Former New York City Mayor Michael Bloomberg came to Houston Thursday to roll out his outreach plan for the African American community, addressing head on his controversial record on law enforcement.
Hundreds packed Houston’s Buffalo Soldiers Museum to hear the former mayor lay out his proposals at his “Mike For Black America” event, where stop and frisk was the first issue he addressed when he took the stage.
Bloomberg said that, when he became mayor, he was determined to crack down on gun violence and save lives. But he added that the policy of stop and frisk was abusive and a mistake.
“I defended it, looking back, for too long because I didn’t understand the unintended pain it was causing to young black and brown families and their kids,” Bloomberg said. “I should’ve acted sooner and faster to stop it. I didn’t. And for that I apologized.”
The policy, in which New York City police officers routinely stopped, questioned and often searched New Yorkers, was ruled unconstitutional in 2013 as enacted by the city, after a judge said it unfairly targeted people of color.
As part of Bloomberg’s plan to address issues impacting the black community, the former mayor pledged to combat systemic racism everywhere from the courts to the health care system. He also said that he would triple the funding for historically black colleges and universities, and focused heavily on issues of economic justice.
“Just think about this: If we could eliminate the racial wealth gap in this generation, we could add $1.5 trillion to the U.S. economy,” Bloomberg said. “Everyone would benefit. What’s not to love? And so what are we waiting for?”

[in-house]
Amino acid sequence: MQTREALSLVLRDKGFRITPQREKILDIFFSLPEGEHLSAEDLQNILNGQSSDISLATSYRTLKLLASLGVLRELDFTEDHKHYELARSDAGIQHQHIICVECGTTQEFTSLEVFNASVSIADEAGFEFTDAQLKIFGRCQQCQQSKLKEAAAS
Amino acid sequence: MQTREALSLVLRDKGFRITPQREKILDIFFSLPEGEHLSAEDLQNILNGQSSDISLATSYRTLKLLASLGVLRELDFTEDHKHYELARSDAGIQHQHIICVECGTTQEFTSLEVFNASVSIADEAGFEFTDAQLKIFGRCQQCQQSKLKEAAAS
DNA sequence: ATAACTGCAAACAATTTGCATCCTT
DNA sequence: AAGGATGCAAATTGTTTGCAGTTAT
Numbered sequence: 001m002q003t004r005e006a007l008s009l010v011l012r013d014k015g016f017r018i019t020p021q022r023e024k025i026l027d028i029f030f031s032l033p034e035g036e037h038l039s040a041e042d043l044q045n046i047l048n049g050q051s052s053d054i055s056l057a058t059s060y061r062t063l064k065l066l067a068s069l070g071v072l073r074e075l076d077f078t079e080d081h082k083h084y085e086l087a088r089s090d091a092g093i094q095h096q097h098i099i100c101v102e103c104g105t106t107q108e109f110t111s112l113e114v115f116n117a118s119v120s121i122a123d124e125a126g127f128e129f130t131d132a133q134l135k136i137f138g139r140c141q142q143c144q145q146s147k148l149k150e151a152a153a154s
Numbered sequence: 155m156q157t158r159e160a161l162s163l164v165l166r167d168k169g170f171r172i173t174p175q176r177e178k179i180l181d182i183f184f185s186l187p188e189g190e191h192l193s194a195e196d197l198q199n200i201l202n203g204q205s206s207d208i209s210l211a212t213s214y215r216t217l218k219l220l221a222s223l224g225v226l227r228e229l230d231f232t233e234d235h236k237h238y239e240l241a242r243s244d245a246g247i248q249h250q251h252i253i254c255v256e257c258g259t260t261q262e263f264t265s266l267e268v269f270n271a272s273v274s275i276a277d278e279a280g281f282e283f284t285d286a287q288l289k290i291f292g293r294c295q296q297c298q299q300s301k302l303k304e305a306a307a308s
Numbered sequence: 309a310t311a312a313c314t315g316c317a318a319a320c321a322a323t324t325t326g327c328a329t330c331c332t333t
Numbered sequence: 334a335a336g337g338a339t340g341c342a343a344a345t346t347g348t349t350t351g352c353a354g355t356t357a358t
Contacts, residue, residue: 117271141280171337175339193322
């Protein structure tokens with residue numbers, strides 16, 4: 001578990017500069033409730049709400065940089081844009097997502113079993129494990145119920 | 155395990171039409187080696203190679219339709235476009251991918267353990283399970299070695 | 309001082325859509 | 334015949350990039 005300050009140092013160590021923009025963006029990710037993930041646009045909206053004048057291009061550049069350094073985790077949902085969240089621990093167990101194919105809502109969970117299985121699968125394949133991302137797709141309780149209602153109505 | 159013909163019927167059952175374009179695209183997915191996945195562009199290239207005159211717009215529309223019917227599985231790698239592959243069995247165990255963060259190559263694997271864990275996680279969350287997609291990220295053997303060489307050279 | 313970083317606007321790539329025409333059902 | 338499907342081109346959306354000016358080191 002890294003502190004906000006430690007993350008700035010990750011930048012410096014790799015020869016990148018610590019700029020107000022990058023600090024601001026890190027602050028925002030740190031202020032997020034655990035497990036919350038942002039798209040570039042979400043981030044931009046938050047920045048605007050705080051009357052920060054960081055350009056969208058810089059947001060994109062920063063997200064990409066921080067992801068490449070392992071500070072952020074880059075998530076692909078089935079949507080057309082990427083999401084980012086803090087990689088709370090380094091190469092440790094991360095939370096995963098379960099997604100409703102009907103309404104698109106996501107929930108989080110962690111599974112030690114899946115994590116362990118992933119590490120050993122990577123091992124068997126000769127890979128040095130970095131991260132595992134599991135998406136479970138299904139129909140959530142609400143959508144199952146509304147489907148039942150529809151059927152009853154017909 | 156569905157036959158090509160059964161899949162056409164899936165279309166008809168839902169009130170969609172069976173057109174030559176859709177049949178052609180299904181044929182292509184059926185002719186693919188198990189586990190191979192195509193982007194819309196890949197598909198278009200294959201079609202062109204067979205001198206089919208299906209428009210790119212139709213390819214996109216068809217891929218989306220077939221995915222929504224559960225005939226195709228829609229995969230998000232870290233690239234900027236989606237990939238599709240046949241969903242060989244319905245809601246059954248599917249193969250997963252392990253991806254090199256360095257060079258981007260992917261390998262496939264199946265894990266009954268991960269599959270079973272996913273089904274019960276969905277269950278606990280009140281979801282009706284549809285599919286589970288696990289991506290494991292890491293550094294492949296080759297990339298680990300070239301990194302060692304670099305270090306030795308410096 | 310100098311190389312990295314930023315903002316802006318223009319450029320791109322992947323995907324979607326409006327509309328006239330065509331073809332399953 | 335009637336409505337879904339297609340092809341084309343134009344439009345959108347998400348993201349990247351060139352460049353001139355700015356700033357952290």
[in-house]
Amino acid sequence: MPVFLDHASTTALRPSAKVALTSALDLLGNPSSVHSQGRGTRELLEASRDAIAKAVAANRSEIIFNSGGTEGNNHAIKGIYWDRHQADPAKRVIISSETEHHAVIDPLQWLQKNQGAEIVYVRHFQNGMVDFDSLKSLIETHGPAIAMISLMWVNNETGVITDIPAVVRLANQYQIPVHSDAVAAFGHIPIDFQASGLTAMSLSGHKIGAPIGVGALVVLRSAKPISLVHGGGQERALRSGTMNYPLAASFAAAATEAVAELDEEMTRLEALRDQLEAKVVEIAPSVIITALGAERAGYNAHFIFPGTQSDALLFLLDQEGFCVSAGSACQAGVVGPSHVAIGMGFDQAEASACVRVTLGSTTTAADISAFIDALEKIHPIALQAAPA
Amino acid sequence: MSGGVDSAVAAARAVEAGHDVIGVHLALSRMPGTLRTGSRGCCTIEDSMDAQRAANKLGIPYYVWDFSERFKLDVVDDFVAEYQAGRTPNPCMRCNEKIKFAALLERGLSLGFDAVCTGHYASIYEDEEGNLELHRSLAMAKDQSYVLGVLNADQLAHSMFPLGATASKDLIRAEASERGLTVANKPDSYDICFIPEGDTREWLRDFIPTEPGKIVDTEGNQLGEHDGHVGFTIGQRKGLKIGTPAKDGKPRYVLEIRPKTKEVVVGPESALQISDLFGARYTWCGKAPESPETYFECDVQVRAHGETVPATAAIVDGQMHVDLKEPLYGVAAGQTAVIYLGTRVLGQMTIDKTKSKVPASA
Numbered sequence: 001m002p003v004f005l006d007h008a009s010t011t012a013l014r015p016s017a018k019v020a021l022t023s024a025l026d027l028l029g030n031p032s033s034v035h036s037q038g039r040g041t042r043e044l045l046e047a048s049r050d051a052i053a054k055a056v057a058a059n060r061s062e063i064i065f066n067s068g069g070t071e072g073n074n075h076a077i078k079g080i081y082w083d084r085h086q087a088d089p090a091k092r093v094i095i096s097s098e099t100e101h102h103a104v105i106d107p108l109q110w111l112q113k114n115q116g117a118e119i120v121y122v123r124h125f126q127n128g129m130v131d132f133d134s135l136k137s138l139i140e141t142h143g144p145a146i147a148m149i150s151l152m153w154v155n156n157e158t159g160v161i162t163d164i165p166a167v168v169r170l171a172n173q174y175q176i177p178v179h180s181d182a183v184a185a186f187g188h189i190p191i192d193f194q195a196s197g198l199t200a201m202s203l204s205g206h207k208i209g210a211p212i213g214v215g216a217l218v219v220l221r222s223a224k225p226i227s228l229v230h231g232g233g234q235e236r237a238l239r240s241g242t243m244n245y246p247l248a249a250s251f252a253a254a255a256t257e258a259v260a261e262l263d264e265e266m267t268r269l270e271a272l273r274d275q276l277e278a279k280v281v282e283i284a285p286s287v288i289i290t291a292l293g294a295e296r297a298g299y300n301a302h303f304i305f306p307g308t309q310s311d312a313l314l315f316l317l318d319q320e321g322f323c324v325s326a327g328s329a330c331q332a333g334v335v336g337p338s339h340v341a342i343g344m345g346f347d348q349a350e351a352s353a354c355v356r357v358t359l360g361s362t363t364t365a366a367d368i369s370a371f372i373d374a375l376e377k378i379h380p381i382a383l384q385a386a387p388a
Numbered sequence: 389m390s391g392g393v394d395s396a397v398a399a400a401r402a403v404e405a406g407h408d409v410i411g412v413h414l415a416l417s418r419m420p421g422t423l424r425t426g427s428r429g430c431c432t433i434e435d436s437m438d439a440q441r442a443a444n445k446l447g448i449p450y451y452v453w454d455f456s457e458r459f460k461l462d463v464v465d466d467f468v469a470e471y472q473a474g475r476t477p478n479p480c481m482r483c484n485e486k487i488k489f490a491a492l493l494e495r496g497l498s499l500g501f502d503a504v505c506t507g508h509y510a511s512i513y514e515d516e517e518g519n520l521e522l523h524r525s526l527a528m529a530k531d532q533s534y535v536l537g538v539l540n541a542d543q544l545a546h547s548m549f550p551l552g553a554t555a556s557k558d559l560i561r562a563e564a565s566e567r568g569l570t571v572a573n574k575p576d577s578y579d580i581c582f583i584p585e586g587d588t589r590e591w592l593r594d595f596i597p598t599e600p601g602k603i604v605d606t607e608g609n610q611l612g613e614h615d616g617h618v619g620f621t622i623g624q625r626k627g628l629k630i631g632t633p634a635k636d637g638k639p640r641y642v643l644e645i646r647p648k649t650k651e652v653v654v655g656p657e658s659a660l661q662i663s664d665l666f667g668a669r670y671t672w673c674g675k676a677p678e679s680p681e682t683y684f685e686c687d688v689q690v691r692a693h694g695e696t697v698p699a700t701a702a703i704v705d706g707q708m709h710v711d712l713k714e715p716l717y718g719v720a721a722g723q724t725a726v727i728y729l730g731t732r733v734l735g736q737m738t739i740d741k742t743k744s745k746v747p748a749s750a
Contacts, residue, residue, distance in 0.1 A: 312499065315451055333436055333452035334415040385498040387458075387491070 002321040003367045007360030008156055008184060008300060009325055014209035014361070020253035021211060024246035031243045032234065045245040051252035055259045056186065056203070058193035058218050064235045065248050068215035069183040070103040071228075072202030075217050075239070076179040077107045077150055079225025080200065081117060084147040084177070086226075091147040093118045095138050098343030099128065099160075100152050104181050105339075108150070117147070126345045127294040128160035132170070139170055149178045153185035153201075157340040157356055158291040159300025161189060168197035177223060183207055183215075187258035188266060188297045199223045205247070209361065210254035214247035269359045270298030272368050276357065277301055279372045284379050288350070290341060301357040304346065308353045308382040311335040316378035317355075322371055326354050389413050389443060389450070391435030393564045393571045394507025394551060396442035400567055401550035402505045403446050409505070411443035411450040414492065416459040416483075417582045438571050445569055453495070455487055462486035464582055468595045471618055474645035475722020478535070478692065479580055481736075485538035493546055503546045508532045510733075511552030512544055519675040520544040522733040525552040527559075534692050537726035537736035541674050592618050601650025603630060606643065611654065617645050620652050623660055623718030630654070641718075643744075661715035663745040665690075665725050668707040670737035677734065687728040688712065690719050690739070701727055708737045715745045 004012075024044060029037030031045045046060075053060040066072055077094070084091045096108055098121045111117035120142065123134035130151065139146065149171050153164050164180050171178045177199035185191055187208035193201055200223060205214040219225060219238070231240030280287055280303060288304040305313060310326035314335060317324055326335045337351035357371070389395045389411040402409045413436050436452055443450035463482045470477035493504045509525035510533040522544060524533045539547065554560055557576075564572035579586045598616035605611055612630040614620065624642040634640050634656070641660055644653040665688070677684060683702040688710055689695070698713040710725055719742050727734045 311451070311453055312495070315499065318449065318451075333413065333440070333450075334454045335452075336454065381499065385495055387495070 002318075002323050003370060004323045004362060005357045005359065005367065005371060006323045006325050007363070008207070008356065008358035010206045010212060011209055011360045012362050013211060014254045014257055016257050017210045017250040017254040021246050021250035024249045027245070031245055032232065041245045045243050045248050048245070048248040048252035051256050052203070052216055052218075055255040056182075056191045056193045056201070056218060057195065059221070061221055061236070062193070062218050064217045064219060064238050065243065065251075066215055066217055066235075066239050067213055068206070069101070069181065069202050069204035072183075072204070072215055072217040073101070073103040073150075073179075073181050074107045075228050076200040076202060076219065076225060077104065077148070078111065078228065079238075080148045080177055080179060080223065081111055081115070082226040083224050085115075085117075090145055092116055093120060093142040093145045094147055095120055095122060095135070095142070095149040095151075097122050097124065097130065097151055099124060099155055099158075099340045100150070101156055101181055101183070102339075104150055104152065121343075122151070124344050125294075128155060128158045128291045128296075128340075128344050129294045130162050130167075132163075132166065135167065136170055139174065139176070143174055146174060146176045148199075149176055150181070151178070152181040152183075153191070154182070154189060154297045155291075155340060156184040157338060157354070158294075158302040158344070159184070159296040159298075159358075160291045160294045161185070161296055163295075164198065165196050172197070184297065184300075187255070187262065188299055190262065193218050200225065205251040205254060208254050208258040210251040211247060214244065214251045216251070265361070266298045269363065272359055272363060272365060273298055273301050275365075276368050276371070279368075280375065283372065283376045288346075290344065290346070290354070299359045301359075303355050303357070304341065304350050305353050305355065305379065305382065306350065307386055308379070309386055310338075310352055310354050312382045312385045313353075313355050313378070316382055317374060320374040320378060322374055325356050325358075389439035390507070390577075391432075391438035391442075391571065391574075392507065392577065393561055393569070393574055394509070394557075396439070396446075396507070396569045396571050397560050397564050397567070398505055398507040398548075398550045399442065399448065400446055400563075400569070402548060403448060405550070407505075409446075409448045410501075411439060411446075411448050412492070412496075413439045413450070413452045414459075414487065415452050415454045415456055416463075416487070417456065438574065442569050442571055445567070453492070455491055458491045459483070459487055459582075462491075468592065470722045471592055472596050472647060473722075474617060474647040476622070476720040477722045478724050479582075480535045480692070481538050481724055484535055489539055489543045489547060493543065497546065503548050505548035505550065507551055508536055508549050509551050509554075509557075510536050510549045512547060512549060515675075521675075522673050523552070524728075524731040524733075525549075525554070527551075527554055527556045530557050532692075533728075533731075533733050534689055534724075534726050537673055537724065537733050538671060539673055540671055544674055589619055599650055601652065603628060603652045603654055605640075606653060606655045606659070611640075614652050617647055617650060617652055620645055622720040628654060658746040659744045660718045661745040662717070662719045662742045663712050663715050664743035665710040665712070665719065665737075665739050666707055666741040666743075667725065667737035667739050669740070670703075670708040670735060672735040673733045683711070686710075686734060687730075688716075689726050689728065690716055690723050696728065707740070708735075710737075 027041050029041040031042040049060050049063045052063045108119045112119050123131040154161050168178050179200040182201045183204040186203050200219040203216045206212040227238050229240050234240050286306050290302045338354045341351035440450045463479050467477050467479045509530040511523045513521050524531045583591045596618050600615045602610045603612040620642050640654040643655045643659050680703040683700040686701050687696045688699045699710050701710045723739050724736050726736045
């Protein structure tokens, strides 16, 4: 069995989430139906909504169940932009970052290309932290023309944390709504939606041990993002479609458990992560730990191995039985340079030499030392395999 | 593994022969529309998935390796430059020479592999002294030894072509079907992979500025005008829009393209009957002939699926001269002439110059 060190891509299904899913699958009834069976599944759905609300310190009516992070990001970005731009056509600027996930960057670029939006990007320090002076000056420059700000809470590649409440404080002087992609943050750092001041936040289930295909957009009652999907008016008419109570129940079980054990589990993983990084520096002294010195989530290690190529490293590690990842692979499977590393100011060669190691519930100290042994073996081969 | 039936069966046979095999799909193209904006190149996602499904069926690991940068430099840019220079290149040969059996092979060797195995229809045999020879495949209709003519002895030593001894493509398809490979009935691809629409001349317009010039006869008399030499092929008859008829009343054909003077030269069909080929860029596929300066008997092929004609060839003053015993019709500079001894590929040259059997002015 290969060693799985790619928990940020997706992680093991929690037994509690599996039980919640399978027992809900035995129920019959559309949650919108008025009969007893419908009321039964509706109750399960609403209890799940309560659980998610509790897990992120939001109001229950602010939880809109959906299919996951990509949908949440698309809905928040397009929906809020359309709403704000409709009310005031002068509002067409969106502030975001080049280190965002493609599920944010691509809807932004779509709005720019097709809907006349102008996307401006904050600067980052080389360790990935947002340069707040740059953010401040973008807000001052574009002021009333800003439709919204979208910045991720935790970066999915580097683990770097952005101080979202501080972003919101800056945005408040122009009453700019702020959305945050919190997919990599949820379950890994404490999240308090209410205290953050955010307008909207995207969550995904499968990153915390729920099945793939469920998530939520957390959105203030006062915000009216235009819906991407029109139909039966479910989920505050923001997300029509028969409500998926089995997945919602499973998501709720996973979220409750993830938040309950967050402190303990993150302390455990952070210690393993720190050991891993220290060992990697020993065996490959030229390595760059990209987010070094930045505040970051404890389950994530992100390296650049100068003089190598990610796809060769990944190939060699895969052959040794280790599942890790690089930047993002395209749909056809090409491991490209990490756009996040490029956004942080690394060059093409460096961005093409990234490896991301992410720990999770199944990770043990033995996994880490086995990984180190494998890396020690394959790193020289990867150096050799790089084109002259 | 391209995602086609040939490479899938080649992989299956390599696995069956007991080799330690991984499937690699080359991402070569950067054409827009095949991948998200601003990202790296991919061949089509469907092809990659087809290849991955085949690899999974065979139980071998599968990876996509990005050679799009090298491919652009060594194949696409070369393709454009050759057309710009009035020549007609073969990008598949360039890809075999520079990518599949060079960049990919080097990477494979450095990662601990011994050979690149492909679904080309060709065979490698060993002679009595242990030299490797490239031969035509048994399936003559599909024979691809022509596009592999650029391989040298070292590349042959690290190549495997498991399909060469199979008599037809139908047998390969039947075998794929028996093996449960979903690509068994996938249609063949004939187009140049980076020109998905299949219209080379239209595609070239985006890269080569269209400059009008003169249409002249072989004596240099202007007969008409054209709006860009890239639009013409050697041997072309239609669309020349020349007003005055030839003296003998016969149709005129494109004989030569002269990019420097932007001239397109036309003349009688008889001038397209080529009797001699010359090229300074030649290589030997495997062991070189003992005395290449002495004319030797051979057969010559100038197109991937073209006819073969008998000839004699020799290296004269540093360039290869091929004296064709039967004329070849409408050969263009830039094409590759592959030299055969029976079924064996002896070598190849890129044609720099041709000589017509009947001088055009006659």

Bloomberg ended his speech by encouraging the audience to tell their friends and family members to get out and vote.
Earlier in the day, Mayor Sylvester Turner announced his endorsement of Bloomberg, who also made Turner his campaign’s national infrastructure co-chair.
Turner introduced Bloomberg at Thursday’s event, saying he’d spoken with Bloomberg about stop and frisk and was confident that the former mayor was sincere in his apology.
“It’s important for me to hear that a recognition that the policy that was put in place was not the right policy,” Turner said. “That it was flawed. That it was insensitive. And a public apology that it was wrong. And in order for me to move forward, those are the sort of things that I needed to hear. And I heard that.”
Additional reporting by Paul DeBenedetto
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